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Russian cosmonauts get ready to use ERA manipulator during next summer’s spacewalk

The ERA manipulator will be employed for relocating a radiator from the Rassvet module to the Nauka module

MOSCOW, November 11. /TASS/. Russian cosmonauts have for the first time ever practiced an operation simulating the transfer of a radiator from one module of the ISS (Rassvet) to another module (Nauka) with the European Robotic Arm (ERA) manipulator, the Gagarin Cosmonauts Training Center told the media on Thursday. The operation is to be conducted during extravehicular activity next year.

The Gagarin Center said that for the first time in its history cosmonauts, at different locations, were handling a single task, with part of the crew staying in a very special environment - under water.

"The tests will last for three weeks," the press-service said.

"The main crew of the ISS-67 expedition was the first to have coped with a new procedure of handling a common task, namely the relocation of a radiator. Cosmonauts Oleg Artemiev and Denis Matveyev were doing the job under water in the hydrolaboratory, and Sergey Korsakov, at the controls of the Don-ERA simulator. The crew’s actions were coordinated by specialists from the different departments of the training center," the Gagarin Center said.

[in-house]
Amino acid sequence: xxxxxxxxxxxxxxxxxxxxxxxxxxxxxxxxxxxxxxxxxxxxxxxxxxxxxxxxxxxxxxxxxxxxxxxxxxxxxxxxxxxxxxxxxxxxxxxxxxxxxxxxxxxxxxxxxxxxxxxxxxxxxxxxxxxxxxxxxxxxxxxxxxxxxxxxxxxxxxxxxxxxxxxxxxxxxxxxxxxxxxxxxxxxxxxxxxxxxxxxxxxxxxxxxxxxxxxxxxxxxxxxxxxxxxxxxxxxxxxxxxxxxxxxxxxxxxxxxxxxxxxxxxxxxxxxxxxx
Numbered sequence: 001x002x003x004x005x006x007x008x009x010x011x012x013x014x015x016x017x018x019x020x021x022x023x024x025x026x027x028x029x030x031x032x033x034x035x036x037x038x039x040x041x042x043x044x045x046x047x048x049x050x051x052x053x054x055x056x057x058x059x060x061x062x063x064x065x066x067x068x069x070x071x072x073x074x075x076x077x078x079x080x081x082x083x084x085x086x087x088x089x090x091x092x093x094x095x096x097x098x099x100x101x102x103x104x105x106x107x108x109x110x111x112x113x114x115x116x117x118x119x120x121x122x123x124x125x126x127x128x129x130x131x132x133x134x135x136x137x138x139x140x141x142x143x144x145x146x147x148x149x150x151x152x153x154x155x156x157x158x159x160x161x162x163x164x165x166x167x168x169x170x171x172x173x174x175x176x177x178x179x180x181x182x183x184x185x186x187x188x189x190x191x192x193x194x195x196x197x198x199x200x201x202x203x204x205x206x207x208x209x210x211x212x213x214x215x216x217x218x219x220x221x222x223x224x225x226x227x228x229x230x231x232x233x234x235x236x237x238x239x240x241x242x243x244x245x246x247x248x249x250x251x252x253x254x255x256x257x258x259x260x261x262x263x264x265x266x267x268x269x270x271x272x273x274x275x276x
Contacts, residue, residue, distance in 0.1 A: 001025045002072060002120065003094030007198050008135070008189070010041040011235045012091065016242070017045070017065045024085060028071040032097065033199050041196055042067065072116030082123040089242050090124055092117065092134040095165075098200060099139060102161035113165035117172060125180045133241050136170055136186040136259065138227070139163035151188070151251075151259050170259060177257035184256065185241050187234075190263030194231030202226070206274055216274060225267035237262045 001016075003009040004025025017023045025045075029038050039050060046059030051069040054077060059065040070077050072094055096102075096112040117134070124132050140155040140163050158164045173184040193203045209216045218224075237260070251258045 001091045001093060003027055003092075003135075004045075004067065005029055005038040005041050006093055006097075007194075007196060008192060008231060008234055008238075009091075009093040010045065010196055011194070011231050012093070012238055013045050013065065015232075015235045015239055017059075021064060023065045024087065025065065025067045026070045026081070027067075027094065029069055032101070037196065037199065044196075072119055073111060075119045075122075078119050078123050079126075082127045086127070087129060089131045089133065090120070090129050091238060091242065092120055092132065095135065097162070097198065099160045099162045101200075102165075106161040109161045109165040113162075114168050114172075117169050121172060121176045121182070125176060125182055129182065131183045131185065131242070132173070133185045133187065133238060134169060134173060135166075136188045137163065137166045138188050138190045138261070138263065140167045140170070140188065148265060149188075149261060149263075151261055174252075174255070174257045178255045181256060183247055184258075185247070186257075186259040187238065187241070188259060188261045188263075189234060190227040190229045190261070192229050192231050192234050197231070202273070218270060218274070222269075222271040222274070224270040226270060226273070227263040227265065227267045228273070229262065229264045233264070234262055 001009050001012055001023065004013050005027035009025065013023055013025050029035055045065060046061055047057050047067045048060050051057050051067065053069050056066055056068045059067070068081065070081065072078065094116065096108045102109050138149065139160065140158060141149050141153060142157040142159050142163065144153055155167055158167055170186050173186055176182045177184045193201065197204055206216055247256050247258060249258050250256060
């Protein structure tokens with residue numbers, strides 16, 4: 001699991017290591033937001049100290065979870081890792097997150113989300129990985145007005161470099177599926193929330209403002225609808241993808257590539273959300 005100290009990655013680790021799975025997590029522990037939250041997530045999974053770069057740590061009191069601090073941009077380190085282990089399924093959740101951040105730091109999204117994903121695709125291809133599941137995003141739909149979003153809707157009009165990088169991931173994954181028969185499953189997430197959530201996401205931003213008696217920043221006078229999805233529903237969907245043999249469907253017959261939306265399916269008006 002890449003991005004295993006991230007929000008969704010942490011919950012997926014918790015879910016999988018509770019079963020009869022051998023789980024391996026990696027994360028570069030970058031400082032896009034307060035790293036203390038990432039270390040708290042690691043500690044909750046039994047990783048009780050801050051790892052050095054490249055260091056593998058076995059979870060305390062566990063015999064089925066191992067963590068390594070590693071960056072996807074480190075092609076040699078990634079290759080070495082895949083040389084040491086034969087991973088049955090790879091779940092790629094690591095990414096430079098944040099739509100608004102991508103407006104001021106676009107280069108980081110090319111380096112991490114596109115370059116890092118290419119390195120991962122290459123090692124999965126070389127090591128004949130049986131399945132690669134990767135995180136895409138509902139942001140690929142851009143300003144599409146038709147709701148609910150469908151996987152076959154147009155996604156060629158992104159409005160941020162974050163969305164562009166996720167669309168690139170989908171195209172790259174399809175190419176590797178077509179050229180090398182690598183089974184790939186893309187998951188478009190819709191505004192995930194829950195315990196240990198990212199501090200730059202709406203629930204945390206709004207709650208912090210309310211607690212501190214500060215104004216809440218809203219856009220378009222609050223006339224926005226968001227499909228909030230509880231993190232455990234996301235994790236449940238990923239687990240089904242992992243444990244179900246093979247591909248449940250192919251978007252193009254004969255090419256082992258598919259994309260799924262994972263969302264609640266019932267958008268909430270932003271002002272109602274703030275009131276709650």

Instructor Valery Nesmeyanov, of the center’s extreme training unit, said the cosmonauts coped with their task quite well.

"The crew confirmed the effectiveness of joint training and a very high quality of modeling a situation that may occur in real life. The experiment was a success. All specialists, including those from the space rocket corporation Energia, obtained unique knowledge crucial to making preparations for a real spacewalk," the Gagarin Center’s press-service quotes Nesmeyanov as saying.

The ERA manipulator will be employed for relocating a radiator from the Rassvet module to the Nauka module during the 67th ISS expedition next summer. The radiator’s function is to ease the impact of excessive heat on the Nauka module during science experiments. Two cosmonauts will be relocating the radiator in outer space, and a third crew member, operating the robotic arm.